Philadelphia Phillies: Why Finishing Miracle Run Could Actually Be a Bad Thing

Tim StoeckleContributor IIISeptember 20, 2012

NEW YORK, NY - SEPTEMBER 19: Chase Utley #26 of the Philadelphia Phillies and Carlos Ruiz #51 celebrate with Ryan Howard #6 after his two run home run in the ninth inning against the New York Mets at Citi Field on September 19, 2012 in the Flushing neighborhood of the Queens borough of New York City.  (Photo by Alex Trautwig/Getty Images)
Alex Trautwig/Getty Images

Wait, what?

No this isn't a joke, or an anti-Philadelphia Phillies article.

Rather, it's an analysis of the actual serious possibility that the Phillies would be better off missing the postseason this year, even after their recent surge into contention.

If the Phillies make the playoffs, then the front office can look at this team and say, "Clearly, we have a playoff team here," which could mean any potential for an offseason overhaul would diminish. The Phillies need to get better this offseason, and if they make the playoffs, they may not make the necessary moves to return to being perennial World Series contenders.

The first move that would be jeopardized by making the playoffs is the future of Charlie Manuel. If the Phillies make the playoffs this year, it will not be because of Manuel. But you can't fire a manager who is in charge of a team that just pulled off a miracle playoff run.  

Charlie Manuel is a great player's coach, but when it comes to managing the game, Manuel frequently makes poor decisions with his pitchers and relies too heavily on the long ball instead of playing small ball.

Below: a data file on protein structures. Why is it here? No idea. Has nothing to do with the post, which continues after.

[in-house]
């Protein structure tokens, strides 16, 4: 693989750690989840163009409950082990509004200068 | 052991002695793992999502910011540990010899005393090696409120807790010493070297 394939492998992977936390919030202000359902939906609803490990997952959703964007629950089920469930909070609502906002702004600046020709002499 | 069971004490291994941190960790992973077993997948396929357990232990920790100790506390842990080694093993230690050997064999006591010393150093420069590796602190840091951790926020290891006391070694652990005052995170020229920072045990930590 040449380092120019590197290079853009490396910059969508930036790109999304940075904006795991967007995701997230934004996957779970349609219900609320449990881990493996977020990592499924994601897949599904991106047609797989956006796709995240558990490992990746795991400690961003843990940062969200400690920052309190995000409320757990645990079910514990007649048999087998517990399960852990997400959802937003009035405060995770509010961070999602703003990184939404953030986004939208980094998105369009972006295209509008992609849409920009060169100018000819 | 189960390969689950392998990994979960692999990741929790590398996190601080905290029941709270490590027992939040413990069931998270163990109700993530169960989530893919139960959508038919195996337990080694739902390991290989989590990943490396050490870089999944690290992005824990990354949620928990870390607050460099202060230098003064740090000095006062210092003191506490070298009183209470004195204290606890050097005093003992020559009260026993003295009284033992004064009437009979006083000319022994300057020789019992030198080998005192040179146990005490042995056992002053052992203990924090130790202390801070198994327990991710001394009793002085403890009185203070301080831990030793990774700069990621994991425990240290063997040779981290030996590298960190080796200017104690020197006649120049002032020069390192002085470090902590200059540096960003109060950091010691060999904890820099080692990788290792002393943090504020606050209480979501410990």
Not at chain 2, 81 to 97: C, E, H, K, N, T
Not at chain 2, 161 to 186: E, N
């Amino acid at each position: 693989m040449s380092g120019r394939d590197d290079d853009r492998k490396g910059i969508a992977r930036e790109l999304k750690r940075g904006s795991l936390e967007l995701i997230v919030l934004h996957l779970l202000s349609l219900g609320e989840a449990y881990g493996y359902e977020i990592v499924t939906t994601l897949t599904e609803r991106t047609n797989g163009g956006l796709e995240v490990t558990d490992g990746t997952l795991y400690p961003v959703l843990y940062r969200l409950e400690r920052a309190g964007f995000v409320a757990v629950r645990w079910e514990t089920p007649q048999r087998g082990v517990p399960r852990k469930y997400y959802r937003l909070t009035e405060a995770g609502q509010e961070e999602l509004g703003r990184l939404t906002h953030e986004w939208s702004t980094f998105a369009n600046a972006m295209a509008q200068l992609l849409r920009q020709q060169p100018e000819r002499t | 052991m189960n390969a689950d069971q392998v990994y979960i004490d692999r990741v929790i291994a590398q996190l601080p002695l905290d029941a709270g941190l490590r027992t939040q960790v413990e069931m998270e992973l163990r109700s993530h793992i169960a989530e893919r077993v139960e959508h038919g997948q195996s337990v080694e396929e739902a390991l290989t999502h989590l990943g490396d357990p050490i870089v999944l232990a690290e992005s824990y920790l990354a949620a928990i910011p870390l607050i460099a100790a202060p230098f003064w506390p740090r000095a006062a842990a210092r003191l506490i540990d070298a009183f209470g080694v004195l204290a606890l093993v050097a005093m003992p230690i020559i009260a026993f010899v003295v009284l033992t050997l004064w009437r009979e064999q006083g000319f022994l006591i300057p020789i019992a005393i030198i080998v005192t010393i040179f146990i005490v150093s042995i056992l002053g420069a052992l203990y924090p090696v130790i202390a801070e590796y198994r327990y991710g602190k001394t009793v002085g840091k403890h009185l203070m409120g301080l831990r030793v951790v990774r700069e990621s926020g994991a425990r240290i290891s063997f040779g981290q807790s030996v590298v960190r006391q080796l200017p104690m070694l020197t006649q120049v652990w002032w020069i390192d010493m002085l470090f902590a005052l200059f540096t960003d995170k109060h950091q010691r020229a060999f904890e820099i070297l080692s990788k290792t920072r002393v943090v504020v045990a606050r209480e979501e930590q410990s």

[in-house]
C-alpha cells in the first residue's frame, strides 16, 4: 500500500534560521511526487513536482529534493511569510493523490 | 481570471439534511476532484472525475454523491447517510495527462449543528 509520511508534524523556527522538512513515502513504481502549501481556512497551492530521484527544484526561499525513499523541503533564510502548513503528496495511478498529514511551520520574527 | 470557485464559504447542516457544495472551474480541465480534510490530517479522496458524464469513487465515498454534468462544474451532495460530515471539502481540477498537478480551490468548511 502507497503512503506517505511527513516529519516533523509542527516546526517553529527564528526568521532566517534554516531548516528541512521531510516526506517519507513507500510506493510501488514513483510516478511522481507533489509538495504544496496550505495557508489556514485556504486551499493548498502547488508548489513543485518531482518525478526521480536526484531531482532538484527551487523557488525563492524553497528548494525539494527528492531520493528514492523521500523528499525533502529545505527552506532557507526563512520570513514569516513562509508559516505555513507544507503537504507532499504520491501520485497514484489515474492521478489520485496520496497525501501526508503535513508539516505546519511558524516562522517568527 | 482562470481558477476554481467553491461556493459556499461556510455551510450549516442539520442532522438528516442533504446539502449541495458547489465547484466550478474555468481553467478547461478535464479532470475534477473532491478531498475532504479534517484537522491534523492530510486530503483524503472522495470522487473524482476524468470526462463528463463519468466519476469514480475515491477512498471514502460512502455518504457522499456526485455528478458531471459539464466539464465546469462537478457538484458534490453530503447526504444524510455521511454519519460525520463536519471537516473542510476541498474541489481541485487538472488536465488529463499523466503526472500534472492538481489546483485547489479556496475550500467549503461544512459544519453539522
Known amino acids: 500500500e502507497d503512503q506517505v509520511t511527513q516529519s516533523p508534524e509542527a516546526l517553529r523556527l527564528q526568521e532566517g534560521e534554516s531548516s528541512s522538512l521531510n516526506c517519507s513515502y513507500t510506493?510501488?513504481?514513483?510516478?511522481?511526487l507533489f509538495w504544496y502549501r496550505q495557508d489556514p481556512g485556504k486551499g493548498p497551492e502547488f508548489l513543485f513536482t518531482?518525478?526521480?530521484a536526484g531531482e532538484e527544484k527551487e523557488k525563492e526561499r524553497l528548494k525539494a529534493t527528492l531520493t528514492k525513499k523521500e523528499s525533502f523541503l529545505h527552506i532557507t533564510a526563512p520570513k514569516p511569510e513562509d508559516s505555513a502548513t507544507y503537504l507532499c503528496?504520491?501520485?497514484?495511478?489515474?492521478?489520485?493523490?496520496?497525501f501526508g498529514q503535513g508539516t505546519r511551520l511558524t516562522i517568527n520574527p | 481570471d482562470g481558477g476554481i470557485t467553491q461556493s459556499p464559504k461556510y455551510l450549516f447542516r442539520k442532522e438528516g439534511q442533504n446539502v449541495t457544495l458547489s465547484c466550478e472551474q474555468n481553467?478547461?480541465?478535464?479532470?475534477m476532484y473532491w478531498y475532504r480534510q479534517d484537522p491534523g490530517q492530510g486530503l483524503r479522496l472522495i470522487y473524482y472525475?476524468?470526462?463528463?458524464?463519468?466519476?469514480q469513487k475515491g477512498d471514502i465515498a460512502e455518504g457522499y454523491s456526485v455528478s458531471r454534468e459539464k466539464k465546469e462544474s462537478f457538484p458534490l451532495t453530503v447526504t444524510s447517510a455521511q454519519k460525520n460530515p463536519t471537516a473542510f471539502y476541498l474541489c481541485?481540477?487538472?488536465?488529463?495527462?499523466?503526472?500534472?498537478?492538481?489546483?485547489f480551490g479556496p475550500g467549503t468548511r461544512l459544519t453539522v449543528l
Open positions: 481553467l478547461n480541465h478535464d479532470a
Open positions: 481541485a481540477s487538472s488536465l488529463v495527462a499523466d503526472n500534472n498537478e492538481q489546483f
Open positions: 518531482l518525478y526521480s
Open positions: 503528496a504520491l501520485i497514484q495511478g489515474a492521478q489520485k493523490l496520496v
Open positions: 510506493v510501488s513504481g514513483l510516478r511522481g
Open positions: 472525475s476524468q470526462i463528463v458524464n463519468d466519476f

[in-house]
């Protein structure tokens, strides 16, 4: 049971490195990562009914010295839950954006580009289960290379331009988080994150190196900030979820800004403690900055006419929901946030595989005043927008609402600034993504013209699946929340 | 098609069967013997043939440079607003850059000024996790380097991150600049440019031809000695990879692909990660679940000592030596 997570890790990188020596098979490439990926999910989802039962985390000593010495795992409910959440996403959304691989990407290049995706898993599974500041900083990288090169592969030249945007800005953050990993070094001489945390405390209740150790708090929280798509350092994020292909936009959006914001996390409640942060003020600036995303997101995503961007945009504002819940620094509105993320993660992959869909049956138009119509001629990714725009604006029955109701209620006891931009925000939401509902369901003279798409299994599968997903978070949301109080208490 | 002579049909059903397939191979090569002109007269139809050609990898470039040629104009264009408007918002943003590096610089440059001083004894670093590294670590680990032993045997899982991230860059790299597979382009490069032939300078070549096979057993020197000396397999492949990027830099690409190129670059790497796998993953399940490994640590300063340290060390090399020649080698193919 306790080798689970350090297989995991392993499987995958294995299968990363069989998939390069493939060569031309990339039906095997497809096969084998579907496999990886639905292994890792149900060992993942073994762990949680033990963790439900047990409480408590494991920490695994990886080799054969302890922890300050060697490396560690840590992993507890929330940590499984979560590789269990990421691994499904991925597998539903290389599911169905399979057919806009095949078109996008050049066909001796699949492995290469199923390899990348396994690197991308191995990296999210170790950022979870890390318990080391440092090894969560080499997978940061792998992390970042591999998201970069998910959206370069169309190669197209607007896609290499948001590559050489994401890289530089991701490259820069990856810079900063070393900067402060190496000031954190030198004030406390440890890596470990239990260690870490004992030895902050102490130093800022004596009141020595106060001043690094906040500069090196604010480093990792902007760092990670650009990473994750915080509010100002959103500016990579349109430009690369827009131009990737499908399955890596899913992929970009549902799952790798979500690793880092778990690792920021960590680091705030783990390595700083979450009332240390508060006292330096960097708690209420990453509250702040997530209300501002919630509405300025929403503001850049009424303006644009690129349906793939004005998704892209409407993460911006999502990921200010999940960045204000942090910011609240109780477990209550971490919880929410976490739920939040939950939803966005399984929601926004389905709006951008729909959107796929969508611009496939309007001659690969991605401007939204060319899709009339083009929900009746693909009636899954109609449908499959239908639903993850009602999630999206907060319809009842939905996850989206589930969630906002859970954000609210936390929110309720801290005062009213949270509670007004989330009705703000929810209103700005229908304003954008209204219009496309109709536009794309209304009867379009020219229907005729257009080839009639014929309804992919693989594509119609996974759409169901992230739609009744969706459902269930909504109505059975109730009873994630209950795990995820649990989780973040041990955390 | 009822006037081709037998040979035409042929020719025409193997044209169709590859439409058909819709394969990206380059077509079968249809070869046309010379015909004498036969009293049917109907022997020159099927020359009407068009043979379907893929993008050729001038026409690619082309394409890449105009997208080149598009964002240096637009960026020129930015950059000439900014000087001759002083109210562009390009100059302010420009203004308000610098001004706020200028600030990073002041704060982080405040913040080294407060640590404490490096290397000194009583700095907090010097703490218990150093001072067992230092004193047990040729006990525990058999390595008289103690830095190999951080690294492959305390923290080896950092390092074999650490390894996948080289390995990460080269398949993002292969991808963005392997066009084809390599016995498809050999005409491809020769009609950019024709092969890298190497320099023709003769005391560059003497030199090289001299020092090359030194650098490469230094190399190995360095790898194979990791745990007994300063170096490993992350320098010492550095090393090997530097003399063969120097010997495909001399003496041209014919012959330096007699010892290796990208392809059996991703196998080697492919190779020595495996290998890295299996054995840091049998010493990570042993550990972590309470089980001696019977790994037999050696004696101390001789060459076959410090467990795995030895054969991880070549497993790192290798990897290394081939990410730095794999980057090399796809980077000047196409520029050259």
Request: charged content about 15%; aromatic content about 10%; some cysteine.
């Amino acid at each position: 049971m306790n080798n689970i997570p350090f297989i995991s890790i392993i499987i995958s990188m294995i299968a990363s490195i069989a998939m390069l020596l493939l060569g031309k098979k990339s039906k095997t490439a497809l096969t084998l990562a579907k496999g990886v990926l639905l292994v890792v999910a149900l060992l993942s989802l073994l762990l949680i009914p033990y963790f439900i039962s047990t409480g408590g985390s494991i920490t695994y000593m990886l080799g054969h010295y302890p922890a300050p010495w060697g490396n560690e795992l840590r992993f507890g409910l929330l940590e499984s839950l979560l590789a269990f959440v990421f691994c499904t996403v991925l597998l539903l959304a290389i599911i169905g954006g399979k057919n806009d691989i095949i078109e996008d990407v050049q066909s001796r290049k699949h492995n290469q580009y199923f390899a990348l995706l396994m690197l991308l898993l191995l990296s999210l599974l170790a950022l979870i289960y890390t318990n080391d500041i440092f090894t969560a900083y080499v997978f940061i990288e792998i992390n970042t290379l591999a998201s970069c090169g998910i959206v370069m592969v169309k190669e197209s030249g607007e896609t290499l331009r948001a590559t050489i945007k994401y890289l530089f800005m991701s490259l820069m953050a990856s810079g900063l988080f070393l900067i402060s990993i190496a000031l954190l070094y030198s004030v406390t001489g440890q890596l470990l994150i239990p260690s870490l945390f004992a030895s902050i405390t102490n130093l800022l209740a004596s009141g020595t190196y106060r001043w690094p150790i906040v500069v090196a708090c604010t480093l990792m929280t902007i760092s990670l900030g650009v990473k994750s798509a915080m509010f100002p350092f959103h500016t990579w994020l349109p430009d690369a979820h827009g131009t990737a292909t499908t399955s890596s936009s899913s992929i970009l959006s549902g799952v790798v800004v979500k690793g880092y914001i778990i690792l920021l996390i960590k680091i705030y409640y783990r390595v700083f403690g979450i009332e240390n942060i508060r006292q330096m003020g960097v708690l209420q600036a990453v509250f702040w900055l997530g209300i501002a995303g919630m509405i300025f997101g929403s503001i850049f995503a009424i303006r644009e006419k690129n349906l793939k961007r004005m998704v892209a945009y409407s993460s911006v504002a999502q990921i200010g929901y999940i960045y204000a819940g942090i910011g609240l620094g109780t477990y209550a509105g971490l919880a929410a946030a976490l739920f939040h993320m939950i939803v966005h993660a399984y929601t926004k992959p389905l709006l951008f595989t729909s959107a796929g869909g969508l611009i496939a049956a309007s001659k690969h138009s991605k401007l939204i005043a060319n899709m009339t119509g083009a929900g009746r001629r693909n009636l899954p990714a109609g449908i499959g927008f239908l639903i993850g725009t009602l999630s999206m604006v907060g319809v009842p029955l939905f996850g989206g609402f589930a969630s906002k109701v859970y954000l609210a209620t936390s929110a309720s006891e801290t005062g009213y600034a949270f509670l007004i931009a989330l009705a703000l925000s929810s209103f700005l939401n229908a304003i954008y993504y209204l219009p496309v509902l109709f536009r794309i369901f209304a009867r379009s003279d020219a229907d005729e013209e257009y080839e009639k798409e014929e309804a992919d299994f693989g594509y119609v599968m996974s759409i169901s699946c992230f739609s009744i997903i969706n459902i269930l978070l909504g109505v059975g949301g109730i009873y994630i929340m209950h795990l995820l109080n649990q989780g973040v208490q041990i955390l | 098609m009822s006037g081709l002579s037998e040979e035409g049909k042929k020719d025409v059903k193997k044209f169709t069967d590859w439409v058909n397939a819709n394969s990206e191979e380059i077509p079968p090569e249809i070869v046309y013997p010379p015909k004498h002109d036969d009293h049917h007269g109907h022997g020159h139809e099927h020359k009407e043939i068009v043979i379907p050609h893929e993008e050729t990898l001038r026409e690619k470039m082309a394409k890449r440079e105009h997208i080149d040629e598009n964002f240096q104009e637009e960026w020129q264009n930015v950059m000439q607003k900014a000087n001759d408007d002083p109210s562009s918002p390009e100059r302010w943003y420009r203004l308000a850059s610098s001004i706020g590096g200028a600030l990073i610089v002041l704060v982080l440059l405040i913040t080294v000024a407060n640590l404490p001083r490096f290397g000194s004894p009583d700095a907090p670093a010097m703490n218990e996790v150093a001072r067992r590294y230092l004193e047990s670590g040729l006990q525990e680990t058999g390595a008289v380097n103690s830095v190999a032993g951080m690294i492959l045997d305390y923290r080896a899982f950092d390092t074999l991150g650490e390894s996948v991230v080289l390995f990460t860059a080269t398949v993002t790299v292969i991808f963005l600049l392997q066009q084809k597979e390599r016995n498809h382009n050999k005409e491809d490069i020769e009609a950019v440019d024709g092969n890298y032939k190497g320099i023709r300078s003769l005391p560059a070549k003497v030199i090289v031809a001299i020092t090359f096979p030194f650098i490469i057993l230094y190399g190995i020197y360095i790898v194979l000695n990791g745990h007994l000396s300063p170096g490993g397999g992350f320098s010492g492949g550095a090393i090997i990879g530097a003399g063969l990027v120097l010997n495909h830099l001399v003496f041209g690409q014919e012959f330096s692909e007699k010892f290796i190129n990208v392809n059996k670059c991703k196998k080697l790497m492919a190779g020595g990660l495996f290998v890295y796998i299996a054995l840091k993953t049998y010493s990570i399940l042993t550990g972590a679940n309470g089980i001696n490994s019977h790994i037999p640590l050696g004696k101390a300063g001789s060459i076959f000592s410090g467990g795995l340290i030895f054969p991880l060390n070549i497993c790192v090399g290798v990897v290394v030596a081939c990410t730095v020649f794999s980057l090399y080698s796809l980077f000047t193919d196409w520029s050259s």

Manuel also shows too much loyalty towards Jimmy Rollins, who, despite his recent hot streak, has no business being the leadoff hitter on a team that has Juan Pierre.

It's time for a new manager in Philadelphia, but don't expect that to happen this year.

As it currently stands, the Phillies have talent on their roster—and a lot of it—but there is always room for improvement. Making the playoffs could mask that need for improvement.  

The outfield is the first spot in which the Phillies are in need of some offseason retooling.  

Juan Pierre could be re-signed in the offseason, and Domonic Brown may have earned himself a starting spot in right field for next season, but John Mayberry Jr. is not a major league starting outfielder.

The Phillies need to bring in somebody like Michael Bourn or B.J. Upton to take over center field this offseason; that is a must.

Next, despite Kevin Frandsen's stellar hitting in his time at third base, he isn't a viable option to start in the hot corner next year. Philadelphia needs to make a move for a third basemen or move Chase Utley to third and have Freddy Galvis play second base.

The last flaw on the roster that could be hidden by a postseason run is the bullpen, which has been hot of late. A mix of young guns and veteran arms could give the Phillies one of baseball's better bullpens if they can add some talent in the offseason. The young guys have been strong this year, but not all of them will be on the Opening Day roster in 2013.

Maybe Phillies fans need this team to miss the playoffs.

Yes, it will hurt for a while, but part of what makes Phillies fans so great is that they follow their team year-round. I'm beginning to become fearful that Phillies fans are turning into Yankees fans, and we don't want that, Philadelphia.  

We don't want to be spoiled.

We don't want to only pay attention to the postseason; we want to know the outcome of all 162 games in the regular season, because we know how important each one of those games is.

Don't get me wrong: If the Phillies make the postseason, I'll be the first one jumping and screaming for joy.  

But, somewhere deep in my mind, hidden behind the pure joy that a miracle playoff run would bring, would be the thought that maybe, just maybe, making the playoffs was a bad idea.  

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